5.3 Impact of ecological remediation on soil physical and chemical properties
Vegetation was generally regarded to have substantial potential in soil restoration for cities suffering from extreme climate events [44, 45, 46]. Comparing the edaphic conditions in June 2017 and December 2018, the impact of the ecological remediation on local soils could be evaluated in terms of physical and chemical properties. For physical properties, all the variables showed no significant differences that SMC and BD slightly decreased and Stp, Scp, and Sncp increased to a small extent, implying the ecological remediation rarely influenced the edaphic physical structure. Regarding chemical properties, all the variables displayed escalation, notably for AN, AK, and SOM (P 0.05). As fine root growth would actively participate in edaphic chemical evolution and promote the release of microelement , it could give the explanation of the soil improvement. No significant difference was found for TP and AP, which was probably due to the inactive nature of phosphorus, especially in acidic conditions . Overall, after the typhoon event, the ecological remediation had positive effects on soil chemical properties rather than physical ones within the first 18 months.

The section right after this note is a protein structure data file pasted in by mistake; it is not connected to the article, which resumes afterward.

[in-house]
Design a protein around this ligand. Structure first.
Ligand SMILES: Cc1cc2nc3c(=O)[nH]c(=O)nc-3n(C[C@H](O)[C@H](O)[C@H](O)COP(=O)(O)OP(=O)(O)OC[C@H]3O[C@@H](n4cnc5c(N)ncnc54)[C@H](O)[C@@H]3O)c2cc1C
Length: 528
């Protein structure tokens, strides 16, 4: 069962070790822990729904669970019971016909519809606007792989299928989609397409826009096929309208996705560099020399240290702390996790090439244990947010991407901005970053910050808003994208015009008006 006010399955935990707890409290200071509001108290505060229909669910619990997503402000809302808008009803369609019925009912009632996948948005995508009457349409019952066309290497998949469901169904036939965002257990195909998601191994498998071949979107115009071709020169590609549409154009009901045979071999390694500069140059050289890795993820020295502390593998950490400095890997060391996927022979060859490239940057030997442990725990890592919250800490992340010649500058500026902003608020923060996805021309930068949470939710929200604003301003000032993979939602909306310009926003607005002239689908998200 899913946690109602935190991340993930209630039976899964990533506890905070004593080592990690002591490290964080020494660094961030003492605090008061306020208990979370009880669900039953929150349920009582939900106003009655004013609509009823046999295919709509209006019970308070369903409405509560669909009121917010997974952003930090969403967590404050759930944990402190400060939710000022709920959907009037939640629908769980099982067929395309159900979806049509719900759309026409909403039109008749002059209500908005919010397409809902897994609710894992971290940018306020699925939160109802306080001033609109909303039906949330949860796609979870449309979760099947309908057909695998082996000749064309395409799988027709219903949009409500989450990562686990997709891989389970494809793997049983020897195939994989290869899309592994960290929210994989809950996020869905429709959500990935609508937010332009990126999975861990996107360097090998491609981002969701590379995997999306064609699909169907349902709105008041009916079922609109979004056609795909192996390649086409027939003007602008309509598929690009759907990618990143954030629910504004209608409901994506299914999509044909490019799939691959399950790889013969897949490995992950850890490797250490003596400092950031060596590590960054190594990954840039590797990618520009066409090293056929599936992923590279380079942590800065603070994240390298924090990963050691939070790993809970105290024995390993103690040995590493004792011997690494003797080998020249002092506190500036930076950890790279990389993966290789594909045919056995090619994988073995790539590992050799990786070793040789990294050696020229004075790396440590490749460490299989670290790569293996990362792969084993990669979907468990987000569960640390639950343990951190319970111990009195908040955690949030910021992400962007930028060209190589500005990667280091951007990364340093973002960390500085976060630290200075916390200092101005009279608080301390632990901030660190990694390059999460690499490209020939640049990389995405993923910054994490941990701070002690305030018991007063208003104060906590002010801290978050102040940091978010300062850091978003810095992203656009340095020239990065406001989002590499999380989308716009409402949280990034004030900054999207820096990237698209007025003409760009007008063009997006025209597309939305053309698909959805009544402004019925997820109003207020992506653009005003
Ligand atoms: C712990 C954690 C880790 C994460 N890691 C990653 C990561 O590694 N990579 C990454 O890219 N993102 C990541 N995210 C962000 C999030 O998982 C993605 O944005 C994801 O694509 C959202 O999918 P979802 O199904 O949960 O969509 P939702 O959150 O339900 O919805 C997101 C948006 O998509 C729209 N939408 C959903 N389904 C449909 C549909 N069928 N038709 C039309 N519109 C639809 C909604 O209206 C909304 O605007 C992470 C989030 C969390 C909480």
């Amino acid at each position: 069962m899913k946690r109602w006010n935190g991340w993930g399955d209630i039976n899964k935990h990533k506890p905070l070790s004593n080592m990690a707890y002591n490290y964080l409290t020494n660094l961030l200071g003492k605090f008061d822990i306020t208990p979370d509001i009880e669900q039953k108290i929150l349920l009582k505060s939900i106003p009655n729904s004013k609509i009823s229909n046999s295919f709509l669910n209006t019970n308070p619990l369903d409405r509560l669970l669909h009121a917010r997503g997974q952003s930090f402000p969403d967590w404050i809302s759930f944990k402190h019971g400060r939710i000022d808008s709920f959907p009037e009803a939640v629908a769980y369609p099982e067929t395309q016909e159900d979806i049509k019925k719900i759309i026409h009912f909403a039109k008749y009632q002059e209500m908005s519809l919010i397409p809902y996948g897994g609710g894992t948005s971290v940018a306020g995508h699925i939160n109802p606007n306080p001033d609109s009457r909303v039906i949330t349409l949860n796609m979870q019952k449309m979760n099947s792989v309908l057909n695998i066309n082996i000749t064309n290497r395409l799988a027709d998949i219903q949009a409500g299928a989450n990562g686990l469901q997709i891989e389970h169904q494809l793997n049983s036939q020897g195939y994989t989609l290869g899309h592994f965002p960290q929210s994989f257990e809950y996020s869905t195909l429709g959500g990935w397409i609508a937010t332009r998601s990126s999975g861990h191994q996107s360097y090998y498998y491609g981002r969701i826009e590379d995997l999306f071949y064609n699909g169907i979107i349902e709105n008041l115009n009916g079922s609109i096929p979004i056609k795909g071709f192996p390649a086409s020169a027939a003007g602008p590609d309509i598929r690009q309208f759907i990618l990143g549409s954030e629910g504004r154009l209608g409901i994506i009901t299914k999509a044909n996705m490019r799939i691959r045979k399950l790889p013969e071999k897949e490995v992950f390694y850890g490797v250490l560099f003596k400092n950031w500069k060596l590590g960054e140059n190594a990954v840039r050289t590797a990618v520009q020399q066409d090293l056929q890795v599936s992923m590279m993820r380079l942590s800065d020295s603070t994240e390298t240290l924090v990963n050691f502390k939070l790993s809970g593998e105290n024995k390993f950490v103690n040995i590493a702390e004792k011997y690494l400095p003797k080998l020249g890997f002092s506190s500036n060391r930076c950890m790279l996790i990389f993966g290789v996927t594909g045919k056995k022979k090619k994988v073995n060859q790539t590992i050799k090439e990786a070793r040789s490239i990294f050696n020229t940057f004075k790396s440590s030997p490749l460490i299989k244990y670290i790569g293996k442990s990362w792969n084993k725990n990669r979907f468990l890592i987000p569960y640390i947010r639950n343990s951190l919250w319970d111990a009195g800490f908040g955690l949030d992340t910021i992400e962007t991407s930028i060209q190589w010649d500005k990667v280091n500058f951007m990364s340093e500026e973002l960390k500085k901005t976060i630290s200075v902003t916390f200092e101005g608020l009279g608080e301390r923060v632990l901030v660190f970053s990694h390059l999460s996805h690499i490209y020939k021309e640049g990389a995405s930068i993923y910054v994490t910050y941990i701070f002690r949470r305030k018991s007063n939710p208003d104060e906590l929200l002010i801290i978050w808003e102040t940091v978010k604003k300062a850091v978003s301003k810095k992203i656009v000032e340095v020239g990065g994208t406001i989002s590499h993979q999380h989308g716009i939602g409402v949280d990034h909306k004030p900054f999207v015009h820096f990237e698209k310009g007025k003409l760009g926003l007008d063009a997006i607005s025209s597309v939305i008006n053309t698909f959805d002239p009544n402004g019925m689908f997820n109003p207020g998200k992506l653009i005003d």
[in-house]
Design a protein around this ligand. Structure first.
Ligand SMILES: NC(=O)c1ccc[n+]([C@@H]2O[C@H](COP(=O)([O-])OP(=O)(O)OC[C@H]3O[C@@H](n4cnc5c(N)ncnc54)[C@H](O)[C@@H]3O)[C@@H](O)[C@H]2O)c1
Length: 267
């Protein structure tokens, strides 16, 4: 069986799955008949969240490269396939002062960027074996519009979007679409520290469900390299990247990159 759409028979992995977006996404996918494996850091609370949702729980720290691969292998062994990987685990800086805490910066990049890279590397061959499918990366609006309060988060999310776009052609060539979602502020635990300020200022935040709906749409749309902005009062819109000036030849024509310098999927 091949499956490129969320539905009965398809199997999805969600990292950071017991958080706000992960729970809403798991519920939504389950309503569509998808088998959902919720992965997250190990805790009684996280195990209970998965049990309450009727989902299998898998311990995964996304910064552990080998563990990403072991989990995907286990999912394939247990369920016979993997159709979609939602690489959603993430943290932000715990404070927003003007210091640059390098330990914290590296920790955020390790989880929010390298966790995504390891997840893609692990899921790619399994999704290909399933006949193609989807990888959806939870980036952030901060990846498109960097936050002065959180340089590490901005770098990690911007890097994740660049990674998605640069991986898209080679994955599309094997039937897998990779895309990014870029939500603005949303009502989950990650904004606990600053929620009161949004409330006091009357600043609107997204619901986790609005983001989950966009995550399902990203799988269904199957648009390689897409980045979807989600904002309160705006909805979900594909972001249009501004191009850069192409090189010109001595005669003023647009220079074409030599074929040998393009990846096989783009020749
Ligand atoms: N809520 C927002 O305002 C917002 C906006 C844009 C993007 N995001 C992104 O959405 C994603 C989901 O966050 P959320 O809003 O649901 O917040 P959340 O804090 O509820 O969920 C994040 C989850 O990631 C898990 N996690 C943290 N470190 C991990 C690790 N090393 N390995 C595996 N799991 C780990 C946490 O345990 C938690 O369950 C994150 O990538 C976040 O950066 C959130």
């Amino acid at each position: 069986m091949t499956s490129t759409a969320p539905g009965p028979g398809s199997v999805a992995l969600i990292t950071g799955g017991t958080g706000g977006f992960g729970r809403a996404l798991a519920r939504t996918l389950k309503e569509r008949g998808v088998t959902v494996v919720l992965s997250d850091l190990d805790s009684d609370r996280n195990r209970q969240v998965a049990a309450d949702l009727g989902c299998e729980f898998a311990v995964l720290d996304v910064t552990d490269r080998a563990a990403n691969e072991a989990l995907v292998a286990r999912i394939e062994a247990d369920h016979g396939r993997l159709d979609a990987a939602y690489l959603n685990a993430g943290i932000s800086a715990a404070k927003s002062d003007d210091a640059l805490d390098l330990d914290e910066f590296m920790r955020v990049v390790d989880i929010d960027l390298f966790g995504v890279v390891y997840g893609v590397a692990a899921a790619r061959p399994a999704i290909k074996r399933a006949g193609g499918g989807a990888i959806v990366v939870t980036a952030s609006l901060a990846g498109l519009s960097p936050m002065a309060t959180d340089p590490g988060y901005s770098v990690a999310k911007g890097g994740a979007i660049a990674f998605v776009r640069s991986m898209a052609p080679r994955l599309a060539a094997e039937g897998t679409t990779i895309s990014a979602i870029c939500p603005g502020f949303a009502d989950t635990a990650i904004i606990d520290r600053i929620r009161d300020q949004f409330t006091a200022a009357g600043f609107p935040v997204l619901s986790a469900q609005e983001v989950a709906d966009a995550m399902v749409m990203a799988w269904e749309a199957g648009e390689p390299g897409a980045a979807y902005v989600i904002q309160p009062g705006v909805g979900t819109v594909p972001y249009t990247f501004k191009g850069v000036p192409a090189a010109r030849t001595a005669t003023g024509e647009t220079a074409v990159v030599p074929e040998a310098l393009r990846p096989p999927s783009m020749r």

5.4 Urban tree species selection for future ecological remediation